Club, Ho‘ala ‘Aina Kupono – Kahana Valley, Kamehameha Schools First Nations’ Futures Program, and others. What drives her is the desire to educate our children about the importance of taking care of the ocean and all the life within it. From the values that were instilled in her from keiki days, it is what Kimi only hopes she projects with every project, fishing camp, or work day that she does with the community. The Start of a Fishy Tail Growing up in Hau‘ula and having life emphasize the concept of “ahupua‘a,” from the mountain to the sea, Kimi has learned, if not all, most of the aspects of the land and the ocean. Not only was she taught to dive, but also a hunter in her own nature, she also grew up in a very traditional home in a big family. “It was a way of life, we grew up in the country, and I say

country because when we used to say we were going Kane‘ohe, we would all be like ‘ho we going town!” Kimi describes how her life began from humble beginnings with the emphasis of taking care of the land and ocean, and they will take care of you. “We grew up couple houses up from the ocean, so we always had fish.” Kimi mentions how much fun she had growing up, with 20 of so cousins by her side, they all had their responsibilities. With her being on the younger side of her cousins, and being one of the few women in the family, she was told she couldn’t do certain things because she was a girl. With being told, “you can’t do that you’re a girl,” Kimi has pushed herself to be right there where her uncles were, fishing, catching he’e, or bringing home deer or pig for the family. “I grew up in a traditional home, and because I had plenty guy cousins, there were certain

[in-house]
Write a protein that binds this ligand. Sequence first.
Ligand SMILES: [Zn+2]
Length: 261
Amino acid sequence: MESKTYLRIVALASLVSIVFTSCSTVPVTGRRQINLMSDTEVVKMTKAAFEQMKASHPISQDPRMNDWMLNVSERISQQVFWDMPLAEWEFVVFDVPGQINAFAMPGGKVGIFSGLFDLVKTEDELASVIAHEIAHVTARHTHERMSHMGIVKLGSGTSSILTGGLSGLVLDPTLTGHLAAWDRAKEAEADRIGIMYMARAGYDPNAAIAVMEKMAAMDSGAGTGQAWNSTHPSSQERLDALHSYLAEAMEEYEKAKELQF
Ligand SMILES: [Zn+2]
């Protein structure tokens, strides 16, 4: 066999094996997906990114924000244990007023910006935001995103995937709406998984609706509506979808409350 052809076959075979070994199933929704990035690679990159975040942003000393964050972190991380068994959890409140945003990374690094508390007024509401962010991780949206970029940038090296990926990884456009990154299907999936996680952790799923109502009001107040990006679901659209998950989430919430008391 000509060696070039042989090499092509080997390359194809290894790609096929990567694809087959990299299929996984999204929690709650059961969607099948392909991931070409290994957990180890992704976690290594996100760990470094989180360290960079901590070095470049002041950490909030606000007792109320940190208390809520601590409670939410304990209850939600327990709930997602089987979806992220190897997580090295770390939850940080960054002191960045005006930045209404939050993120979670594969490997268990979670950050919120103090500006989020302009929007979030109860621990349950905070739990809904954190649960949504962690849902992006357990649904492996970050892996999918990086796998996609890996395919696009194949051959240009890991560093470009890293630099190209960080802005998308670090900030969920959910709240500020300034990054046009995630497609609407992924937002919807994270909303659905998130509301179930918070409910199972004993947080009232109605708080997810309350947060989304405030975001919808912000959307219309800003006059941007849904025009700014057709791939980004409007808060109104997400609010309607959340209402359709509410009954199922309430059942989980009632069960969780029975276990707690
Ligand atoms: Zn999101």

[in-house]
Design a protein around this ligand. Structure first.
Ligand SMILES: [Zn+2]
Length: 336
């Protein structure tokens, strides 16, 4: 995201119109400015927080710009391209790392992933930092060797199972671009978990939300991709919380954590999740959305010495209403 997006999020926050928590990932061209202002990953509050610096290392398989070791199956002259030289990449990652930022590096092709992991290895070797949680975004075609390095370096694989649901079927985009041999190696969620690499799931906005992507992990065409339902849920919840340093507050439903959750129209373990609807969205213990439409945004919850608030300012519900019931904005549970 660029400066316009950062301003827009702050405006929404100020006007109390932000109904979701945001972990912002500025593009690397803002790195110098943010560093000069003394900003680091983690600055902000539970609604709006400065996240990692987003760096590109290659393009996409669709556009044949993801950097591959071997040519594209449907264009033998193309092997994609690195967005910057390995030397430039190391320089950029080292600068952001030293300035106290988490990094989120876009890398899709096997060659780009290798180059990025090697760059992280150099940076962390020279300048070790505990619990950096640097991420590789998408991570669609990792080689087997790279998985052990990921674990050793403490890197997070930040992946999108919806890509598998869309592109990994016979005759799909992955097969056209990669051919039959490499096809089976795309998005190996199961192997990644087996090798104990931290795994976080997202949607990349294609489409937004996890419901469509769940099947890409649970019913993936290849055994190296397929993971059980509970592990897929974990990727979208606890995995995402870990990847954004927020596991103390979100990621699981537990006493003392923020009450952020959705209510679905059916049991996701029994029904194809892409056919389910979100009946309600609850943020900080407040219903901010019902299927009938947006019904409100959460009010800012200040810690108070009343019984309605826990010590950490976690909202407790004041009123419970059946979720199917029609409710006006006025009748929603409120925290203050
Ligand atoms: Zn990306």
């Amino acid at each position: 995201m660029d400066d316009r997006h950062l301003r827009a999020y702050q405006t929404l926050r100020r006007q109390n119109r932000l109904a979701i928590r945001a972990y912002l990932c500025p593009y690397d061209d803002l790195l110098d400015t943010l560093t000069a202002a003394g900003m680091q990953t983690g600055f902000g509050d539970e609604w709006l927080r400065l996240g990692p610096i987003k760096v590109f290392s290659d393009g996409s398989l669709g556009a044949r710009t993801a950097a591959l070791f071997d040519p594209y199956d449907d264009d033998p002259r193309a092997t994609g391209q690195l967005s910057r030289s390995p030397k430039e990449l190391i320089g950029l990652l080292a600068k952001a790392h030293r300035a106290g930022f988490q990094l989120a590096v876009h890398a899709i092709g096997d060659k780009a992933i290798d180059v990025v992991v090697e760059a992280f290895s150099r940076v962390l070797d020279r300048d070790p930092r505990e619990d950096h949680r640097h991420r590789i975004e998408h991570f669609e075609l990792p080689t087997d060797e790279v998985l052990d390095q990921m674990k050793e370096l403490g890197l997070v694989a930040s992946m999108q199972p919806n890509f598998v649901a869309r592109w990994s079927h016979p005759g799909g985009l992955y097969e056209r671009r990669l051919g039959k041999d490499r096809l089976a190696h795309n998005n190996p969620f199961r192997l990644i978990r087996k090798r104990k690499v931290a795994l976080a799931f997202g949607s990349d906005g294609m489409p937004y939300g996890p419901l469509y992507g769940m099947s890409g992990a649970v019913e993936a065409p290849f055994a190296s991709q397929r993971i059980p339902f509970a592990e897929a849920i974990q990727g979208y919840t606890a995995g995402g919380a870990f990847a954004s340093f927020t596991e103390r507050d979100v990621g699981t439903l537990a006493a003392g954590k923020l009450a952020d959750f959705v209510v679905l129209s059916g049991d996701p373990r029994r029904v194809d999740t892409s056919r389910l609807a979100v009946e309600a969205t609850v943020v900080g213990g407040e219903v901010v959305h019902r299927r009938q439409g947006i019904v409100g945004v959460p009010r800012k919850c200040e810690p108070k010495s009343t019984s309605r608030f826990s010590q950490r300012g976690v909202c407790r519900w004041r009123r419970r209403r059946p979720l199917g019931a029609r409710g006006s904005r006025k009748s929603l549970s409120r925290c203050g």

things that we couldn’t do just

because we were girls,” Kimi says. She recalls some of things that they used to do growing up whether it was picking limu, getting ‘opihi, or pounding he’e; everyone in the family had their own kuleana to take care of. “I had a blast growing up, from when I was little to high school [Kahuku High School]. I learned how to surf at Sunset Point, jumped rock at Waimea Bay, and during my high school summers and college years worked at a kiosk in Waimea Valley renting kayaks.” Kimi explains that she never had a true desire for fishing as she does now, and it wasn’t until her first real dive years later when she was immersed in a completely different world, did she instantly fall in love with what the ocean held beneath its surface.